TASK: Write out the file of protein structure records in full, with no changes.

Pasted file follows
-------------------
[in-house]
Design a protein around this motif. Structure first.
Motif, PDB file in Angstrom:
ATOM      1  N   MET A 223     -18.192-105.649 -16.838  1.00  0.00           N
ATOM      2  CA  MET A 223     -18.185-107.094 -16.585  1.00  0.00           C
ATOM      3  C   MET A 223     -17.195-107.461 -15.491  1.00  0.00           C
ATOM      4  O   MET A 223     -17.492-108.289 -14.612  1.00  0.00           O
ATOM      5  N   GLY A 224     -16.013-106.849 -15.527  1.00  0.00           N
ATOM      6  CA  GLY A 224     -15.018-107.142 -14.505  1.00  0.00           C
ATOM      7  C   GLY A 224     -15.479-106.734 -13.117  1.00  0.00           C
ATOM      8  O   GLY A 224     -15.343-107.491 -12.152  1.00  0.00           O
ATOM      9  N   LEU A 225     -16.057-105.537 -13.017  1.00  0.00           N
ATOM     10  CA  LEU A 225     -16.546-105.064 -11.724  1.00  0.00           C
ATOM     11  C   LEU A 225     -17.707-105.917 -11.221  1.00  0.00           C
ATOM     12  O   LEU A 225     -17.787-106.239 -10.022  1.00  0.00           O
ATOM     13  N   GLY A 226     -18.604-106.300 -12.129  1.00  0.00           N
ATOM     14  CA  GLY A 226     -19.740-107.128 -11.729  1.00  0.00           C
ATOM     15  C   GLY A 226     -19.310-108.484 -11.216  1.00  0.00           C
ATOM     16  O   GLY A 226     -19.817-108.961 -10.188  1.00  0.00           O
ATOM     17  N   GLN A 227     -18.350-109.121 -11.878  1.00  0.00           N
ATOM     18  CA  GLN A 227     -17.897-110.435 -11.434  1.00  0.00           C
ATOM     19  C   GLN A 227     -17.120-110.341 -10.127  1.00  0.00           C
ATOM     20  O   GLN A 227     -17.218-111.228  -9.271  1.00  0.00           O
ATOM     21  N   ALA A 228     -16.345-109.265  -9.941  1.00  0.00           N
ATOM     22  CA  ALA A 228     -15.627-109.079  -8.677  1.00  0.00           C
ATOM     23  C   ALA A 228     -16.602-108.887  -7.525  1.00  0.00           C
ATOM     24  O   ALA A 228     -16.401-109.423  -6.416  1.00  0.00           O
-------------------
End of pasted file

[in-house]
Design a protein around this motif. Structure first.
Motif, PDB file in Angstrom:
ATOM      1  N   MET A 223     -18.192-105.649 -16.838  1.00  0.00           N
ATOM      2  CA  MET A 223     -18.185-107.094 -16.585  1.00  0.00           C
ATOM      3  C   MET A 223     -17.195-107.461 -15.491  1.00  0.00           C
ATOM      4  O   MET A 223     -17.492-108.289 -14.612  1.00  0.00           O
ATOM      5  N   GLY A 224     -16.013-106.849 -15.527  1.00  0.00           N
ATOM      6  CA  GLY A 224     -15.018-107.142 -14.505  1.00  0.00           C
ATOM      7  C   GLY A 224     -15.479-106.734 -13.117  1.00  0.00           C
ATOM      8  O   GLY A 224     -15.343-107.491 -12.152  1.00  0.00           O
ATOM      9  N   LEU A 225     -16.057-105.537 -13.017  1.00  0.00           N
ATOM     10  CA  LEU A 225     -16.546-105.064 -11.724  1.00  0.00           C
ATOM     11  C   LEU A 225     -17.707-105.917 -11.221  1.00  0.00           C
ATOM     12  O   LEU A 225     -17.787-106.239 -10.022  1.00  0.00           O
ATOM     13  N   GLY A 226     -18.604-106.300 -12.129  1.00  0.00           N
ATOM     14  CA  GLY A 226     -19.740-107.128 -11.729  1.00  0.00           C
ATOM     15  C   GLY A 226     -19.310-108.484 -11.216  1.00  0.00           C
ATOM     16  O   GLY A 226     -19.817-108.961 -10.188  1.00  0.00           O
ATOM     17  N   GLN A 227     -18.350-109.121 -11.878  1.00  0.00           N
ATOM     18  CA  GLN A 227     -17.897-110.435 -11.434  1.00  0.00           C
ATOM     19  C   GLN A 227     -17.120-110.341 -10.127  1.00  0.00           C
ATOM     20  O   GLN A 227     -17.218-111.228  -9.271  1.00  0.00           O
ATOM     21  N   ALA A 228     -16.345-109.265  -9.941  1.00  0.00           N
ATOM     22  CA  ALA A 228     -15.627-109.079  -8.677  1.00  0.00           C
ATOM     23  C   ALA A 228     -16.602-108.887  -7.525  1.00  0.00           C
ATOM     24  O   ALA A 228     -16.401-109.423  -6.416  1.00  0.00           O